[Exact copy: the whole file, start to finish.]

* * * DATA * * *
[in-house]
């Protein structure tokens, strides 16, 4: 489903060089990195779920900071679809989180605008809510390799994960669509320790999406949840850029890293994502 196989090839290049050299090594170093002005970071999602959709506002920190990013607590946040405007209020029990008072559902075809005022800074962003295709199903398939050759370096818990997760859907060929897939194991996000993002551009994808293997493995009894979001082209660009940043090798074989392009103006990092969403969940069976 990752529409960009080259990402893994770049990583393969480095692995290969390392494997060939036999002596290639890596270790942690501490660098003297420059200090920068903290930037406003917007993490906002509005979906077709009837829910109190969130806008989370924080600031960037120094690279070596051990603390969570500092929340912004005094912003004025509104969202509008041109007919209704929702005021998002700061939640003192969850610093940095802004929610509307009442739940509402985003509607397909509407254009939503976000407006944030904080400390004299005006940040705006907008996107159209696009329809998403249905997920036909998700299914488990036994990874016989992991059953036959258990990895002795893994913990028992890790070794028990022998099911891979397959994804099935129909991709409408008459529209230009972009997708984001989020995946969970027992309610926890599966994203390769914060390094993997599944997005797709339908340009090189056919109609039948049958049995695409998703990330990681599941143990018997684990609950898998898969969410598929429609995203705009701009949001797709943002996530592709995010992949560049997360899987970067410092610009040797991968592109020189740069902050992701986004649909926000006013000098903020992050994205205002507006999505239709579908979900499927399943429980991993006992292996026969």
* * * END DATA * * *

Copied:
[in-house]
């Protein structure tokens, strides 16, 4: 489903060089990195779920900071679809989180605008809510390799994960669509320790999406949840850029890293994502 196989090839290049050299090594170093002005970071999602959709506002920190990013607590946040405007209020029990008072559902075809005022800074962003295709199903398939050759370096818990997760859907060929897939194991996000993002551009994808293997493995009894979001082209660009940043090798074989392009103006990092969403969940069976 990752529409960009080259990402893994770049990583393969480095692995290969390392494997060939036999002596290639890596270790942690501490660098003297420059200090920068903290930037406003917007993490906002509005979906077709009837829910109190969130806008989370924080600031960037120094690279070596051990603390969570500092929340912004005094912003004025509104969202509008041109007919209704929702005021998002700061939640003192969850610093940095802004929610509307009442739940509402985003509607397909509407254009939503976000407006944030904080400390004299005006940040705006907008996107159209696009329809998403249905997920036909998700299914488990036994990874016989992991059953036959258990990895002795893994913990028992890790070794028990022998099911891979397959994804099935129909991709409408008459529209230009972009997708984001989020995946969970027992309610926890599966994203390769914060390094993997599944997005797709339908340009090189056919109609039948049958049995695409998703990330990681599941143990018997684990609950898998898969969410598929429609995203705009701009949001797709943002996530592709995010992949560049997360899987970067410092610009040797991968592109020189740069902050992701986004649909926000006013000098903020992050994205205002507006999505239709579908979900499927399943429980991993006992292996026969």